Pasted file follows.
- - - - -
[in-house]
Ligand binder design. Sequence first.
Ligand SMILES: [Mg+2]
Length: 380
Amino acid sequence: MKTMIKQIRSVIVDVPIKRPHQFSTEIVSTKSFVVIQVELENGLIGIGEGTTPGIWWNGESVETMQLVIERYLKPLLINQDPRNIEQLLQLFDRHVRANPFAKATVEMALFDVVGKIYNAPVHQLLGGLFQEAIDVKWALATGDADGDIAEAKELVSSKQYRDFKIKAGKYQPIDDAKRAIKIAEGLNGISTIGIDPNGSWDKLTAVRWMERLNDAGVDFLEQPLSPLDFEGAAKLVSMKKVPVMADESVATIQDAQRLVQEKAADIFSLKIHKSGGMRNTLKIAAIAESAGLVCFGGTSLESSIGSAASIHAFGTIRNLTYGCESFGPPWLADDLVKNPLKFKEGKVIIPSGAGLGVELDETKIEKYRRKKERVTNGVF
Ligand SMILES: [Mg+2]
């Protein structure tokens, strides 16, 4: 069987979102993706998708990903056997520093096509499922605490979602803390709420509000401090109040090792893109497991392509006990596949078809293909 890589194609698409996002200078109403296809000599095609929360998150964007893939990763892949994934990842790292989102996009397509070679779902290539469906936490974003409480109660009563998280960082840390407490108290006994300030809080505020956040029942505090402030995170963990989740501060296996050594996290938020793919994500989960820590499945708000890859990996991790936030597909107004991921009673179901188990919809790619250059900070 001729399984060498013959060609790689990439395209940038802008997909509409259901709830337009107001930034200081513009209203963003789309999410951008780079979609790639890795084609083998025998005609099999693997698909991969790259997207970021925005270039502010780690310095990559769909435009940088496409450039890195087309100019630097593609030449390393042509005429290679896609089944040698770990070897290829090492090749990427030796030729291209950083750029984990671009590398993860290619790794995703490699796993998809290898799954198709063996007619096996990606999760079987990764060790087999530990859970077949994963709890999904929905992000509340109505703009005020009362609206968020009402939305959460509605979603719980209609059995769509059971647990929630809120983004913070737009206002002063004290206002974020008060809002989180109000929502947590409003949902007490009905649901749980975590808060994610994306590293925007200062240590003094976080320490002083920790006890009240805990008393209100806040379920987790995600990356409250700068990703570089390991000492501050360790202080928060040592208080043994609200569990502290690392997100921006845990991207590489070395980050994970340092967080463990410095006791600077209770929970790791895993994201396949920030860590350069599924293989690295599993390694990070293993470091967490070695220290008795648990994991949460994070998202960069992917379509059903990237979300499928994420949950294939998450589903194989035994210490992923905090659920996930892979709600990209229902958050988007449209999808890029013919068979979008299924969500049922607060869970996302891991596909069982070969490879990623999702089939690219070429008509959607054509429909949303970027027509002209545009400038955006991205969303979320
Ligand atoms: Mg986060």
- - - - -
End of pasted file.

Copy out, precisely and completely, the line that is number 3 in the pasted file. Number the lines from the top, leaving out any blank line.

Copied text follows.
Ligand SMILES: [Mg+2]